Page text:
Hypnotherapy, hypnotic suggestion or simply hypnosis is a form of alternative medicine that places the patient in a trance-like state of heightened focus, attention and suggestibility to provide them with positive suggestions and guided imagery in order to realise and actuate various desired outcomes. The main aim of hypnotherapy is to help the patient attain self-awareness and make decisions from a place of mindfulness. A key component of hypnotic suggestion is to help calm the patient and ease them into a state of relaxation, free from worry, stress or anxiety, where they feel liberated to speak their mind and share their true feelings. In such a state, the individual is more receptive to positive suggestions made by the therapist and this allows for alteration of problematic behaviours or thoughts and correction of harmful habits. Hypnotherapy works best in conjunction with cognitive behavioural therapy, a type of psychotherapy (talk therapy or counselling) where problematic or negative thoughts, notions, and behaviours are identified and replaced with positive ones. While hypnotic suggestion is a useful and effective non-invasive and non-drug-based therapy, it may not work on all patients and is always used as a complementary therapy modality.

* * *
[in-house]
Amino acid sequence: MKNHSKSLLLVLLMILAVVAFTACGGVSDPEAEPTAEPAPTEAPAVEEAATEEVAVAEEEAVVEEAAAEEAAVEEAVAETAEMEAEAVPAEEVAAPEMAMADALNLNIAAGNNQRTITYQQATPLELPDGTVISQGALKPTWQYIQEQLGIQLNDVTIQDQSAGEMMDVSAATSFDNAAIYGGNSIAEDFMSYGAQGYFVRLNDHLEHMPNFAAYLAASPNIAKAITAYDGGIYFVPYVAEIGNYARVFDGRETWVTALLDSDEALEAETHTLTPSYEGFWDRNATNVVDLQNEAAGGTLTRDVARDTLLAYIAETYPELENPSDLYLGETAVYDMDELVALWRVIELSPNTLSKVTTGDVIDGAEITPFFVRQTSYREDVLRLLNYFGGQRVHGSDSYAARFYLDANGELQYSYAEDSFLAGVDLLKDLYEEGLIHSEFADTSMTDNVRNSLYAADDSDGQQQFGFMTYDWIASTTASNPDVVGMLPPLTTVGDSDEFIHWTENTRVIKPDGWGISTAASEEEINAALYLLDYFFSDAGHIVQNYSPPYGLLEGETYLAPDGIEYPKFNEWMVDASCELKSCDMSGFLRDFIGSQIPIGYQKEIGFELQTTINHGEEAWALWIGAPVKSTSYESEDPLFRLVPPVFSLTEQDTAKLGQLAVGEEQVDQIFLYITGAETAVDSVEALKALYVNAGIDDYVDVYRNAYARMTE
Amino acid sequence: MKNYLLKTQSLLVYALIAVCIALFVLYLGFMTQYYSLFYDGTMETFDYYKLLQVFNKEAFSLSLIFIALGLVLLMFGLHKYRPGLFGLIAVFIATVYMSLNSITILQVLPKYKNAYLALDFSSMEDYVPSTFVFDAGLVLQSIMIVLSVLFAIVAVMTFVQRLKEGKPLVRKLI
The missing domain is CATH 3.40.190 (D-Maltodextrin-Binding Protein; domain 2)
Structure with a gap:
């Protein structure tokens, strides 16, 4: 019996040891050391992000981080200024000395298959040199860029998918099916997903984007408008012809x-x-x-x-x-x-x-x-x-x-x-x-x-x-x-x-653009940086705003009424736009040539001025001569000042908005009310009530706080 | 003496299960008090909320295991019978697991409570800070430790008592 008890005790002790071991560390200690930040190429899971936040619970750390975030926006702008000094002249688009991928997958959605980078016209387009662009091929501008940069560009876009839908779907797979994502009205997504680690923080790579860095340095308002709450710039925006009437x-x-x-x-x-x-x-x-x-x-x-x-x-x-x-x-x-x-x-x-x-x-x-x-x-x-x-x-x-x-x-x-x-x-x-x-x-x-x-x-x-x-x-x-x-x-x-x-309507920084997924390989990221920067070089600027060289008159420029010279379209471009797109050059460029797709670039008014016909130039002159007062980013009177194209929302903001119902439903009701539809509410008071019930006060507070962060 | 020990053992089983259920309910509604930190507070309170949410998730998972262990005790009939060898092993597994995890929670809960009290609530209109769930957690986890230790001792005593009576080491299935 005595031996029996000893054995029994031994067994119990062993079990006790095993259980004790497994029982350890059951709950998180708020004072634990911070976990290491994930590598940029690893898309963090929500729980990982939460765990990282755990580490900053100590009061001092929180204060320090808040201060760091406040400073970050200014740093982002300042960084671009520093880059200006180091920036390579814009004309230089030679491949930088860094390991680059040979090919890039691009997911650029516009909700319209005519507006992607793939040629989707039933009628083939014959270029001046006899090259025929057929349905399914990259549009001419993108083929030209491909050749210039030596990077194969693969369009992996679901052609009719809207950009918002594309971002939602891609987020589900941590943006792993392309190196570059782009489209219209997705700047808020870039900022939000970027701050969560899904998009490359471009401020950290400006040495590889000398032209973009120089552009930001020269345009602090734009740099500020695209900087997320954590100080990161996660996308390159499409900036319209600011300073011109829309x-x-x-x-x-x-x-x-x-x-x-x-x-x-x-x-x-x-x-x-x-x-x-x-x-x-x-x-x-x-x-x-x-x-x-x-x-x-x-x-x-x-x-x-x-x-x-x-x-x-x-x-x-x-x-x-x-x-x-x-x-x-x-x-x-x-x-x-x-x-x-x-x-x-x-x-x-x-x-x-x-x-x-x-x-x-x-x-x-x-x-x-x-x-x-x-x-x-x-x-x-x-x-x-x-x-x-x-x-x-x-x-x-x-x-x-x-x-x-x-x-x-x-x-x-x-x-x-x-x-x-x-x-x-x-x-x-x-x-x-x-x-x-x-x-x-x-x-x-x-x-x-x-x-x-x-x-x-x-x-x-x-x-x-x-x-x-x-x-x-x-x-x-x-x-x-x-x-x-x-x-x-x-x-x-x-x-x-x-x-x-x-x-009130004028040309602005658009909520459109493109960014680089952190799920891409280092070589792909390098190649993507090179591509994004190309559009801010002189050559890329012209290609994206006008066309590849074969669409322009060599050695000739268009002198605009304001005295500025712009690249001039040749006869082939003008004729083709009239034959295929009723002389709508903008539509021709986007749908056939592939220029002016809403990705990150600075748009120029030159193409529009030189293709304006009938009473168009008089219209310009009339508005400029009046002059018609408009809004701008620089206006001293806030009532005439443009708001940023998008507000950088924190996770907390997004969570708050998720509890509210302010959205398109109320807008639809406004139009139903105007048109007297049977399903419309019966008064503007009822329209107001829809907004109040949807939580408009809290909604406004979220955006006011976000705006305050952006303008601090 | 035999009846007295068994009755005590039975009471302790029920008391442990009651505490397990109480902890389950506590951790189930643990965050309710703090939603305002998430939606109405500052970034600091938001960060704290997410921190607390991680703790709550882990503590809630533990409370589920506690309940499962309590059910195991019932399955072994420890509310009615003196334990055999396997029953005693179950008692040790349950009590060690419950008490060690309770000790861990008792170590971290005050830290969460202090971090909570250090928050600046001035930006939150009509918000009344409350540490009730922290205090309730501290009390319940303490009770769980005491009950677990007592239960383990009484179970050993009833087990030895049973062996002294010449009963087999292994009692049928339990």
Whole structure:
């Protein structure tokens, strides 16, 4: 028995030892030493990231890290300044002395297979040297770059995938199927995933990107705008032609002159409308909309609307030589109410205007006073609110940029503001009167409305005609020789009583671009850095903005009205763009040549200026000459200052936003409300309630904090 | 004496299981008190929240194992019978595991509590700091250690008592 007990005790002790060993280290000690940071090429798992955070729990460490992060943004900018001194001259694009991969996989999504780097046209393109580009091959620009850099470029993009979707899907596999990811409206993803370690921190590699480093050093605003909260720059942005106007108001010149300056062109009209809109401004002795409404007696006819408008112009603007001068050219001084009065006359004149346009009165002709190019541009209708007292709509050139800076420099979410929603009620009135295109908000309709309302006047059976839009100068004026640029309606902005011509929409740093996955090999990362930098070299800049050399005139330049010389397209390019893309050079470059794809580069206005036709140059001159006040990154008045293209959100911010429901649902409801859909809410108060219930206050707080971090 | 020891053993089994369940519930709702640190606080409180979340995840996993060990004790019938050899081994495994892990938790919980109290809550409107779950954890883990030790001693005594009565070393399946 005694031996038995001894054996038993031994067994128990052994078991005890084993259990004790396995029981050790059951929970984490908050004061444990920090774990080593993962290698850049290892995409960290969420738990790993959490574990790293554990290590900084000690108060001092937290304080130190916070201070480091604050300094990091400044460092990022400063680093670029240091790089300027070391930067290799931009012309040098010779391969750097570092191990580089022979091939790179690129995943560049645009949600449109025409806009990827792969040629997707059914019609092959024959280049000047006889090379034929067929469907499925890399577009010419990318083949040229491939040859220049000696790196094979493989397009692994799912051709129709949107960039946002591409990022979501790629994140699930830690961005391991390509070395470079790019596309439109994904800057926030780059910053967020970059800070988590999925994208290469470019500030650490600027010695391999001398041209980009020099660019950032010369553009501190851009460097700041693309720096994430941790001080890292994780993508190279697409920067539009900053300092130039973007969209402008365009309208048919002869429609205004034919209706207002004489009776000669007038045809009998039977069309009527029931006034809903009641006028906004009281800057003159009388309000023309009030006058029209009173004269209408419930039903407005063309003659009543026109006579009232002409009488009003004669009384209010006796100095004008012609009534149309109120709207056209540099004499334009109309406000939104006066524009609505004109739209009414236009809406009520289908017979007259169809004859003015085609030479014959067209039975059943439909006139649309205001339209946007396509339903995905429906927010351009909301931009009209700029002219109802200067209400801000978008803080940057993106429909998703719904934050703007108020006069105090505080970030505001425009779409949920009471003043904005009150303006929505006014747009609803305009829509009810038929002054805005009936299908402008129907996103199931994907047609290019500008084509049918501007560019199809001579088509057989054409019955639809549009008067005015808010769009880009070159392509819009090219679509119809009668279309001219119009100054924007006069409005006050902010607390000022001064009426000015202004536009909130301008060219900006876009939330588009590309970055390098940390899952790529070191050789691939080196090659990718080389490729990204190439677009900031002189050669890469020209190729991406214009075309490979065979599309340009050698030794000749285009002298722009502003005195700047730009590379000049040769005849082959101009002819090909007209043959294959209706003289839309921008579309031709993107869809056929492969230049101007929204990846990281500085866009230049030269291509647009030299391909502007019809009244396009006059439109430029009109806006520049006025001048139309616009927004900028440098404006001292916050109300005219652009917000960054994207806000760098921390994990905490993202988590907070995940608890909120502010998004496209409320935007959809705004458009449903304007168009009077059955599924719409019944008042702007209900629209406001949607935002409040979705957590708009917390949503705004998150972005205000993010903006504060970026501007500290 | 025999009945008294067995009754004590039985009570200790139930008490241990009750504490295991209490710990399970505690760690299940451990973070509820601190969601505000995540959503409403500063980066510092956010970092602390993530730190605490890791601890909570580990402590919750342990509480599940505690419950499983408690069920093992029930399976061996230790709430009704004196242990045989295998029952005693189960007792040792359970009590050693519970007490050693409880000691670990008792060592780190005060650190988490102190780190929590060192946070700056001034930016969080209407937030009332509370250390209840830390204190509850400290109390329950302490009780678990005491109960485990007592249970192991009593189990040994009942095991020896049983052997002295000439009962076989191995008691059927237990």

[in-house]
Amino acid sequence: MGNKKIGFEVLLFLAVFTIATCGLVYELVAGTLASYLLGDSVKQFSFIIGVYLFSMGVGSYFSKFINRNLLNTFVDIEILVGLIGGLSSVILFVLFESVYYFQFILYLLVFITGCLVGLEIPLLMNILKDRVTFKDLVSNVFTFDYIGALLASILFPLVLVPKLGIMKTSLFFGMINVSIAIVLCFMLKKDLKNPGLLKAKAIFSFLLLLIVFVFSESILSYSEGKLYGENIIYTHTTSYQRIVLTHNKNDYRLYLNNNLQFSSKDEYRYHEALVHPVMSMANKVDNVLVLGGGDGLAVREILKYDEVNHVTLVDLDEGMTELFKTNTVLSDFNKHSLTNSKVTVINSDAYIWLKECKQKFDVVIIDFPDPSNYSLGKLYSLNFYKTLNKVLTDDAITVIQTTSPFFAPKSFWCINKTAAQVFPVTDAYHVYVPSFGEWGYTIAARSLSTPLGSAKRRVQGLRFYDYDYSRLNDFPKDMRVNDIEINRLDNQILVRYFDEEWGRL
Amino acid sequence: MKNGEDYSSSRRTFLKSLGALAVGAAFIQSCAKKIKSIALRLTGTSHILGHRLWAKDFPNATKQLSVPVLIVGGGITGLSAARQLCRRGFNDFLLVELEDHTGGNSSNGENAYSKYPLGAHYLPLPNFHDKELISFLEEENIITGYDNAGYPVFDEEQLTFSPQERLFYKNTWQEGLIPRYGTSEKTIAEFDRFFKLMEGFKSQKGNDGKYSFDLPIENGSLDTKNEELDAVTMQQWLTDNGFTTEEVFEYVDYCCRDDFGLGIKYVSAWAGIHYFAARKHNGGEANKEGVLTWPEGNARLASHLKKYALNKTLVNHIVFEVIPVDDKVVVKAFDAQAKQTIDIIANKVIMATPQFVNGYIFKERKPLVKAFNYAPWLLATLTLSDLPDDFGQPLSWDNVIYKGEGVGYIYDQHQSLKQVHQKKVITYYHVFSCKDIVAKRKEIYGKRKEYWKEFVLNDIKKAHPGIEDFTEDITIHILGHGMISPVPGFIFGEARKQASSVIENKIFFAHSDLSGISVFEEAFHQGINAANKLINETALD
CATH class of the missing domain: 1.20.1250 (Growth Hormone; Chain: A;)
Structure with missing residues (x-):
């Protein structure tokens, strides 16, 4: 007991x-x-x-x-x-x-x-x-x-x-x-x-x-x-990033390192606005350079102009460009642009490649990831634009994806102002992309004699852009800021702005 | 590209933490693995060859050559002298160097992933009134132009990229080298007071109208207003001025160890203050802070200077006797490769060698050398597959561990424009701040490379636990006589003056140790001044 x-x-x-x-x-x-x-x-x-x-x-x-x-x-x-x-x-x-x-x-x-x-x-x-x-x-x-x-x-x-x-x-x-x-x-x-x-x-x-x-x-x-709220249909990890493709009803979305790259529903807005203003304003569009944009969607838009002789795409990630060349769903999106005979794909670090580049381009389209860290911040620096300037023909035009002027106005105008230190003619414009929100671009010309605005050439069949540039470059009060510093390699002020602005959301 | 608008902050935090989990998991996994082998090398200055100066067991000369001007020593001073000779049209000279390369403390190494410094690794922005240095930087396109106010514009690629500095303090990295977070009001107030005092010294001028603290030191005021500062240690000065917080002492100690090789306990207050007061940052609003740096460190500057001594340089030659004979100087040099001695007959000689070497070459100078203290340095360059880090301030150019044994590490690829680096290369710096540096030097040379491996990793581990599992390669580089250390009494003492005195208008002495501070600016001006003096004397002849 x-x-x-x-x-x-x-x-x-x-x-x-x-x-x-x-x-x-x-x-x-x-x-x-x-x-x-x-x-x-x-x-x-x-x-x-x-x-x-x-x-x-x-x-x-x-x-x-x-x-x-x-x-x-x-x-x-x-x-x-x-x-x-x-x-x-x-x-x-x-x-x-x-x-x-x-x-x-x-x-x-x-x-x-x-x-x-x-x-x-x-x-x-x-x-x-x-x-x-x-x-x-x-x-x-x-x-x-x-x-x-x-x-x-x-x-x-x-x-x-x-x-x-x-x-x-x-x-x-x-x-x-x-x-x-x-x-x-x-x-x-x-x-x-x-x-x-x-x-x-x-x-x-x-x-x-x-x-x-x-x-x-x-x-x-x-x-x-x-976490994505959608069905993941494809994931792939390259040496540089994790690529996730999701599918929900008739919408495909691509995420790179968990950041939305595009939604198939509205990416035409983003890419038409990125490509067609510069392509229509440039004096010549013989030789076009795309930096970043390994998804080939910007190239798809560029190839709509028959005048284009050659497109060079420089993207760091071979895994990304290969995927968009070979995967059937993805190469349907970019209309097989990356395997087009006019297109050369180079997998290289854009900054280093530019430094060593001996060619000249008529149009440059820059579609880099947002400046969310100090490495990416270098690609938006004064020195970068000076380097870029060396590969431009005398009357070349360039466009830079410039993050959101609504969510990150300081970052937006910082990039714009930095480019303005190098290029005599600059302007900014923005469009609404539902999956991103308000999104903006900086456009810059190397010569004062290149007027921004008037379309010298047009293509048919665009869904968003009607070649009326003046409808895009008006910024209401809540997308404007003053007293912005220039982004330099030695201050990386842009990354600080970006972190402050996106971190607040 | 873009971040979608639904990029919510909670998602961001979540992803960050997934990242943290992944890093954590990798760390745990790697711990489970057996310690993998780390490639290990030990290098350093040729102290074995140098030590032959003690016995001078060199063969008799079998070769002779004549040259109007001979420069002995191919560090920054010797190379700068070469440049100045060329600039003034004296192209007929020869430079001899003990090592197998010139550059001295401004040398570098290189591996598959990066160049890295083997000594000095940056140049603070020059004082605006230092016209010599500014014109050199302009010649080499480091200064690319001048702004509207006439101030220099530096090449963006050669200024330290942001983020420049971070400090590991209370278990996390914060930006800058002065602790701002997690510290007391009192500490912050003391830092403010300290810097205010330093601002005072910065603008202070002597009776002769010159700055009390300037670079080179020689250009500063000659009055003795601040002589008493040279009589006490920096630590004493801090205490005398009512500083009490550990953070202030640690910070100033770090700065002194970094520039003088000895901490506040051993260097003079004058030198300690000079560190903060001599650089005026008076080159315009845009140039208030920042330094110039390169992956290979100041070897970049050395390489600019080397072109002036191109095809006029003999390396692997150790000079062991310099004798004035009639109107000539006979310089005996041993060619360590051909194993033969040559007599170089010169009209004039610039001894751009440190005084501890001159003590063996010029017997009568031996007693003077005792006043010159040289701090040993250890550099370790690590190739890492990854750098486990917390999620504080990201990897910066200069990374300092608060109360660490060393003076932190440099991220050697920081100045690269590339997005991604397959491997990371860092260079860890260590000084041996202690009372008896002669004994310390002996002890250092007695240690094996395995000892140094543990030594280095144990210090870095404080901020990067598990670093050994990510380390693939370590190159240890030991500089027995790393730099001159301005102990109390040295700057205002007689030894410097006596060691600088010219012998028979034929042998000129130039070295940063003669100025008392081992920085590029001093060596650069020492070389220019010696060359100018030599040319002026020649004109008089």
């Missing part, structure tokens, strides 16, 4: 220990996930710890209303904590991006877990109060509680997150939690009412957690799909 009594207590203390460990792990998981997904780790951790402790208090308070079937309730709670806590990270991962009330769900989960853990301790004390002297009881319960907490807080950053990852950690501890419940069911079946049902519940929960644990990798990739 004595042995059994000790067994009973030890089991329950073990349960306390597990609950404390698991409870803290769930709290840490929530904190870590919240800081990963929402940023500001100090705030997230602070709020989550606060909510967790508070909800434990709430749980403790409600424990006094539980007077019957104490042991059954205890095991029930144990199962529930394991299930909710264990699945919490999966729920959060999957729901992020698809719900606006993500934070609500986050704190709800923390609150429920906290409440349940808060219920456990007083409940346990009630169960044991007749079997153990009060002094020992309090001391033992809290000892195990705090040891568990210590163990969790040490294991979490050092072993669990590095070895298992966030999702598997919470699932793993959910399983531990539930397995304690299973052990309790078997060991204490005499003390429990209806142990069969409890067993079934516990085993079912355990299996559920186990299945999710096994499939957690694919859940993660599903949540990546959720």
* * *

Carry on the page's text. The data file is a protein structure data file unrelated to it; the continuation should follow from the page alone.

1. Types of hypnotherapy
  2. Indications for hypnotherapy
  3. Procedure of hypnotherapy
  4. Contraindications for hypnotherapy
  5. Complications of hypnotherapy

Depending on the goal, various types of hypnotic techniques exist. Although the terms are often used interchangeably, their functions somewhat differ. Hypnosis used in modern-day medicine includes:

  • Medical hypnosis: This form of hypnosis aims at alleviating symptoms of a disease or condition by placing the patient in a trance. It does not focus on rebuilding old habits. Examples of medical hypnosis are: